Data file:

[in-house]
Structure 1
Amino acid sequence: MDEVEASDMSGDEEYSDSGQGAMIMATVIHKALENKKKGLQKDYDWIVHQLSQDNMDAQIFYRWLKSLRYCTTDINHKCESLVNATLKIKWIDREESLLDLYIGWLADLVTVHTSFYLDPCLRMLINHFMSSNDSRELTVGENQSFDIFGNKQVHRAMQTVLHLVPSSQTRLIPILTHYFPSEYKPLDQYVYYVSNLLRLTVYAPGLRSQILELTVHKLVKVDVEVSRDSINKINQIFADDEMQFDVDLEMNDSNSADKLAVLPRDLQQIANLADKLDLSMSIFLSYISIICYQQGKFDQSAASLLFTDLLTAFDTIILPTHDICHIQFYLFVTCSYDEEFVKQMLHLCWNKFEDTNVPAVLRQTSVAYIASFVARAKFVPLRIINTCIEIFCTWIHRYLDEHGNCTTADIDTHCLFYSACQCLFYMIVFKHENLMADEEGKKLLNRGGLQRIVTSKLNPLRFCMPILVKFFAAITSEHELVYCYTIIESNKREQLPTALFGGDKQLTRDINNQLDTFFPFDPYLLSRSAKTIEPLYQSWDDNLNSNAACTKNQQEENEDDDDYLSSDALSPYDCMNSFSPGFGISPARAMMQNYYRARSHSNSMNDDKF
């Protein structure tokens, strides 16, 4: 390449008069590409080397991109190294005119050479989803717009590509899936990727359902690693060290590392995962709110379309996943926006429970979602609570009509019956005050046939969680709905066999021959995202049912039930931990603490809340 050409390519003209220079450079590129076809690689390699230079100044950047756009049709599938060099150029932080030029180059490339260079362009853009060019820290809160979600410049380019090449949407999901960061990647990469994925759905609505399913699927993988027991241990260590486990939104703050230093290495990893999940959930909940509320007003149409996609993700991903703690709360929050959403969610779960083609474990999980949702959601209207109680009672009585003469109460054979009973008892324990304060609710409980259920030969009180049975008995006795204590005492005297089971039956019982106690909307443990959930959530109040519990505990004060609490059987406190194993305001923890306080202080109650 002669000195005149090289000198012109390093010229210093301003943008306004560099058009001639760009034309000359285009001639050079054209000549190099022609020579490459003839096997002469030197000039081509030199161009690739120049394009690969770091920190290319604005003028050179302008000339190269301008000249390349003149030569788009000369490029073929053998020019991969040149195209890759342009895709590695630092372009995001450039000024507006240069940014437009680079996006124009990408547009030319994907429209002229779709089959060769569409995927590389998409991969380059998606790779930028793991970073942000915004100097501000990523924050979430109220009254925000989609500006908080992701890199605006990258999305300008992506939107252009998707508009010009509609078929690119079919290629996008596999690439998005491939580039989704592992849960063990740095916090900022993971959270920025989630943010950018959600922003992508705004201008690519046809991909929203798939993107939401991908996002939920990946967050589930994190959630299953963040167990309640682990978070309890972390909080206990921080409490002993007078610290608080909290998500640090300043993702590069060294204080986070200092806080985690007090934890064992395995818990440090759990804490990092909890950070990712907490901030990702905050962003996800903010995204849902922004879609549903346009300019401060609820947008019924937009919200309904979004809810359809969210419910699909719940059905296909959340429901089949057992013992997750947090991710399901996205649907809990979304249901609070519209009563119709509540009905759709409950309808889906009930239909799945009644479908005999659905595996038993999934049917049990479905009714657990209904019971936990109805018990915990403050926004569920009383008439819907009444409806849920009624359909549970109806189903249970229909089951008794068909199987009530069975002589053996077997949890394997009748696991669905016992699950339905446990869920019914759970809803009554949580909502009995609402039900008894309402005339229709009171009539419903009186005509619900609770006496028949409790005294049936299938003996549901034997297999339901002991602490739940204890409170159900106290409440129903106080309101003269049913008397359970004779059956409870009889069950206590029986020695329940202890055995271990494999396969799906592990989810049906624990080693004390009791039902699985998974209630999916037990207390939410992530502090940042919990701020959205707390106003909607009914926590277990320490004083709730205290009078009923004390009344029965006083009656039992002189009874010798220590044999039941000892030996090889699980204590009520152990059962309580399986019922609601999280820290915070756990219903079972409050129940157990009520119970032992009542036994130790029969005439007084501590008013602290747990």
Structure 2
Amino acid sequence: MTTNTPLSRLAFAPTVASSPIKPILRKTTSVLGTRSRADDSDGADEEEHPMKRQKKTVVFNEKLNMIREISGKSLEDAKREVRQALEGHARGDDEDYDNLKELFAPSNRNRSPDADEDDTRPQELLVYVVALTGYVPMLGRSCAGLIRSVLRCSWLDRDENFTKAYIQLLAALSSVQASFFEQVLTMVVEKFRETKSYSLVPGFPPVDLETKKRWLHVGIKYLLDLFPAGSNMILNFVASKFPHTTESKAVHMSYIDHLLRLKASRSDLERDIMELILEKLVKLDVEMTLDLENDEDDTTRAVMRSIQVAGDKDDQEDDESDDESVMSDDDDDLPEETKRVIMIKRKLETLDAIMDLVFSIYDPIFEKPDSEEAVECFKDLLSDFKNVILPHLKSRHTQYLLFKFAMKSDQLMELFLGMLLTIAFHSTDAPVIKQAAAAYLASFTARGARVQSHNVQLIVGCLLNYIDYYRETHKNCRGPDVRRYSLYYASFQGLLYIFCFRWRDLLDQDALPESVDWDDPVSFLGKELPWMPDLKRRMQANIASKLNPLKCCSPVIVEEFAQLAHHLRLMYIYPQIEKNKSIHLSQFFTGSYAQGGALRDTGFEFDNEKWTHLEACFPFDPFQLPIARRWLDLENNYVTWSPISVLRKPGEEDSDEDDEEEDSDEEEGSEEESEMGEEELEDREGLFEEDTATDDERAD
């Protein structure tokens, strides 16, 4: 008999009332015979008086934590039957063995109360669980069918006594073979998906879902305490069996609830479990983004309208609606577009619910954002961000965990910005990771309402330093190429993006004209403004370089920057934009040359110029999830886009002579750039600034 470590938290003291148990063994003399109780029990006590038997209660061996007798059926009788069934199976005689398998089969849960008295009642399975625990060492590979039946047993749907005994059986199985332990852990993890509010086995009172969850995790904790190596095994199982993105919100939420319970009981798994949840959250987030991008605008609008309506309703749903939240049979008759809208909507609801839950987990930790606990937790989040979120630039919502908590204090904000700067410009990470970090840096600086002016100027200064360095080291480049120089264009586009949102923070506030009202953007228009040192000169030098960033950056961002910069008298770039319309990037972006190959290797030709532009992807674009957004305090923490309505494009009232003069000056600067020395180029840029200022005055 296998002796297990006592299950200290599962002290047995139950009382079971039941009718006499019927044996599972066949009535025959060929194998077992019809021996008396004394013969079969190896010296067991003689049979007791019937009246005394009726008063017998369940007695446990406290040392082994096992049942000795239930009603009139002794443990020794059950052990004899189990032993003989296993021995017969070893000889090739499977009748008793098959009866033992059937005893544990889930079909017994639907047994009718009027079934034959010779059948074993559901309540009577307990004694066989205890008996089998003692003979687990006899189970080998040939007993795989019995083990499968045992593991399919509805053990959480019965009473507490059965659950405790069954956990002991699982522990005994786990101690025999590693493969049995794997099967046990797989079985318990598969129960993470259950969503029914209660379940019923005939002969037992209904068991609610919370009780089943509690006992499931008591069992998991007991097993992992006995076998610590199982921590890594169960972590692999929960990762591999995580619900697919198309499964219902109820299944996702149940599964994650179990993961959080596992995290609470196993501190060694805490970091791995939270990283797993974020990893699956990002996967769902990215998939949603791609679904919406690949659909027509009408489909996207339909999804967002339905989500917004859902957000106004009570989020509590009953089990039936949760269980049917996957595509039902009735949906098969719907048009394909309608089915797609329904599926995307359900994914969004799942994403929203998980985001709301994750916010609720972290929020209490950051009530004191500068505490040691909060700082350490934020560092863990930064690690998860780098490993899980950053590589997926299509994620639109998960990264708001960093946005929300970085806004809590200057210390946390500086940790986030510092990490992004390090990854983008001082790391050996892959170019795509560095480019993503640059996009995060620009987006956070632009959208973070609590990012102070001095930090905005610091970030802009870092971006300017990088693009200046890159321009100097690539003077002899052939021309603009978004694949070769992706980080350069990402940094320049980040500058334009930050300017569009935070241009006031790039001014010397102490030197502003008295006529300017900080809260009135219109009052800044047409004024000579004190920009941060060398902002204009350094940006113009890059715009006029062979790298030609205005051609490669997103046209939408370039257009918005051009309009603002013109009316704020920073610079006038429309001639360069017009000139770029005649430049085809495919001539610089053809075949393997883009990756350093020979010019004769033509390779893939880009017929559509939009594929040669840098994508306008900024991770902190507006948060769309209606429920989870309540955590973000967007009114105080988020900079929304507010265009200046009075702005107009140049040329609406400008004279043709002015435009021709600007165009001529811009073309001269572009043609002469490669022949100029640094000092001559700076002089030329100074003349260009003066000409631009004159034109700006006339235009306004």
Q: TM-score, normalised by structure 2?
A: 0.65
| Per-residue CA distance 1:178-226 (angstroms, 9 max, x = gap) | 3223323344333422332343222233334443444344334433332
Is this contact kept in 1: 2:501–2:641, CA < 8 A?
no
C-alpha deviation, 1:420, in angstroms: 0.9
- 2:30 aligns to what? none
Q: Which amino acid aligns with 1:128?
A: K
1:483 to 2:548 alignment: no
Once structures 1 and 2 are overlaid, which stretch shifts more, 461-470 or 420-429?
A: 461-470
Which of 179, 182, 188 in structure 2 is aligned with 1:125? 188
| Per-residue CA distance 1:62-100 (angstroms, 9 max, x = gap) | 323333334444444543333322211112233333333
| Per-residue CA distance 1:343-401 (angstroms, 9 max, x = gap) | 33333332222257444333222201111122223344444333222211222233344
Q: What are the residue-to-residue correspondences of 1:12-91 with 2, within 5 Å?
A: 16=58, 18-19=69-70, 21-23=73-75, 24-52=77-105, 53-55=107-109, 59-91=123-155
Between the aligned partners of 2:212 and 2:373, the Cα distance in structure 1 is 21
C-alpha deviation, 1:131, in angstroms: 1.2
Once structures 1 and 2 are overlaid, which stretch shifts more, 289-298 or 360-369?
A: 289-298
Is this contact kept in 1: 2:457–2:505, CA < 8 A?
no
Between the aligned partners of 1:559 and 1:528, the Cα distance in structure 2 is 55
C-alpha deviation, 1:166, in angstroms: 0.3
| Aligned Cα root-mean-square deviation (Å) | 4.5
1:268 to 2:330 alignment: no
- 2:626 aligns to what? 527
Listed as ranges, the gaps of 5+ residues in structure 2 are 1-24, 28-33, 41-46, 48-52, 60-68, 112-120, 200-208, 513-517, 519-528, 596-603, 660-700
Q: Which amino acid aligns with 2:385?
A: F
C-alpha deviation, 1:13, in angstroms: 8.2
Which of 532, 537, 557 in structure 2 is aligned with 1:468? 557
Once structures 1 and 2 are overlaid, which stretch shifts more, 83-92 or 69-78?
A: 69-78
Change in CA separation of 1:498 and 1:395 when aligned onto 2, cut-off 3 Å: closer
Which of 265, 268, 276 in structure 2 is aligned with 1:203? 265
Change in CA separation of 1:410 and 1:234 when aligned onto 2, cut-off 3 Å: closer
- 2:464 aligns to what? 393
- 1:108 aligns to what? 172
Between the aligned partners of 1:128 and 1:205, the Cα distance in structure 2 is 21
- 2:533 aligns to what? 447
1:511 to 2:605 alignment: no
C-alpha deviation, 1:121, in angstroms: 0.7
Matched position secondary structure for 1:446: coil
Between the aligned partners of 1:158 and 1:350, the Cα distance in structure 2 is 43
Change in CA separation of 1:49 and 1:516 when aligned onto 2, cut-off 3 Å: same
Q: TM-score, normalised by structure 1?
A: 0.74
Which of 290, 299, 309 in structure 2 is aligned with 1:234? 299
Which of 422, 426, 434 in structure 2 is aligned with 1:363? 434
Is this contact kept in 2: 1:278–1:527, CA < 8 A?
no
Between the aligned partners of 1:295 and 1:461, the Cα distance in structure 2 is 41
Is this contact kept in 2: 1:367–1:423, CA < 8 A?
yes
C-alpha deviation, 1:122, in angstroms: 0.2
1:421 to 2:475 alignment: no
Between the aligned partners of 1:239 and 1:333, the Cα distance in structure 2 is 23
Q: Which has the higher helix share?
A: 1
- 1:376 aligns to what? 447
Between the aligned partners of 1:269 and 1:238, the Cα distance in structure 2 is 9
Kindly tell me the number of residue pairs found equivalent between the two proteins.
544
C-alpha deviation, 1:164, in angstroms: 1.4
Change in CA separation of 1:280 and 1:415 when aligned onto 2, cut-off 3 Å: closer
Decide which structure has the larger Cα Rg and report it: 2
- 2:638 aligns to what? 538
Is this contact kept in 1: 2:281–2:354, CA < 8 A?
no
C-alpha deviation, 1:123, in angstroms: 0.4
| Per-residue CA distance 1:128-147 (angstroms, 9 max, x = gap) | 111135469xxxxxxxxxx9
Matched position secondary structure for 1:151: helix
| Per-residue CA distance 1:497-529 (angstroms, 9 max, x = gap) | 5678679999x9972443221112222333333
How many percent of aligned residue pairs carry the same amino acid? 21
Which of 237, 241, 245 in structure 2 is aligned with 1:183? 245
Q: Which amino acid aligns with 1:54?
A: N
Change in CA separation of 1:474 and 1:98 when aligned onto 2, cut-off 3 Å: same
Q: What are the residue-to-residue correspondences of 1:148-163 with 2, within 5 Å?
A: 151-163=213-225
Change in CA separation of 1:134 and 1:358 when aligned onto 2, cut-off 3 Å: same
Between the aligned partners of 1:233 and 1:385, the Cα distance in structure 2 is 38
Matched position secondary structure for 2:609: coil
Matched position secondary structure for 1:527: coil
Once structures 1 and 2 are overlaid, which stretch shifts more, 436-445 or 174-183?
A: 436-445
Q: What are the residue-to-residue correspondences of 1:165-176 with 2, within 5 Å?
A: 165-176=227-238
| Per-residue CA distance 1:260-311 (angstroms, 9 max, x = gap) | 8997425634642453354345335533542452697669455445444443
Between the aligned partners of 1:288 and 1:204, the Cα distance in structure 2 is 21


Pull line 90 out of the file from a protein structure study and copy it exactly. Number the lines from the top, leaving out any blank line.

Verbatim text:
Change in CA separation of 1:134 and 1:358 when aligned onto 2, cut-off 3 Å: same